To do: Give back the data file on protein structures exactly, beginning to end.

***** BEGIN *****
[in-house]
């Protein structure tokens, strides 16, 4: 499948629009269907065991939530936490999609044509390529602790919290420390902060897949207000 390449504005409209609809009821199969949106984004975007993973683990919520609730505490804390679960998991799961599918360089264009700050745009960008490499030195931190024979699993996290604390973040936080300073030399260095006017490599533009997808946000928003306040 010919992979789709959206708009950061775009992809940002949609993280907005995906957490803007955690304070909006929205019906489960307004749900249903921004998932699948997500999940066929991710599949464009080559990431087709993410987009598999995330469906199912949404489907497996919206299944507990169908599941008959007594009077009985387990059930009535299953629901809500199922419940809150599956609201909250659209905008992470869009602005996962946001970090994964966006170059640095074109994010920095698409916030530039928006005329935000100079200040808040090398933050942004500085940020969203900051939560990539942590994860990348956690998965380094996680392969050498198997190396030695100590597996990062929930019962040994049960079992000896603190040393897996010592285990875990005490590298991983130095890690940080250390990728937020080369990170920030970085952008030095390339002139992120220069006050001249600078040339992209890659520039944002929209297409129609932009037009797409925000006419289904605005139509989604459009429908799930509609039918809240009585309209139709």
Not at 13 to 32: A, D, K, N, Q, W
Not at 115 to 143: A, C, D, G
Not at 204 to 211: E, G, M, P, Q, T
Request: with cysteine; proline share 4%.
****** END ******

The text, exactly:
[in-house]
């Protein structure tokens, strides 16, 4: 499948629009269907065991939530936490999609044509390529602790919290420390902060897949207000 390449504005409209609809009821199969949106984004975007993973683990919520609730505490804390679960998991799961599918360089264009700050745009960008490499030195931190024979699993996290604390973040936080300073030399260095006017490599533009997808946000928003306040 010919992979789709959206708009950061775009992809940002949609993280907005995906957490803007955690304070909006929205019906489960307004749900249903921004998932699948997500999940066929991710599949464009080559990431087709993410987009598999995330469906199912949404489907497996919206299944507990169908599941008959007594009077009985387990059930009535299953629901809500199922419940809150599956609201909250659209905008992470869009602005996962946001970090994964966006170059640095074109994010920095698409916030530039928006005329935000100079200040808040090398933050942004500085940020969203900051939560990539942590994860990348956690998965380094996680392969050498198997190396030695100590597996990062929930019962040994049960079992000896603190040393897996010592285990875990005490590298991983130095890690940080250390990728937020080369990170920030970085952008030095390339002139992120220069006050001249600078040339992209890659520039944002929209297409129609932009037009797409925000006419289904605005139509989604459009429908799930509609039918809240009585309209139709």
Not at 13 to 32: A, D, K, N, Q, W
Not at 115 to 143: A, C, D, G
Not at 204 to 211: E, G, M, P, Q, T
Request: with cysteine; proline share 4%.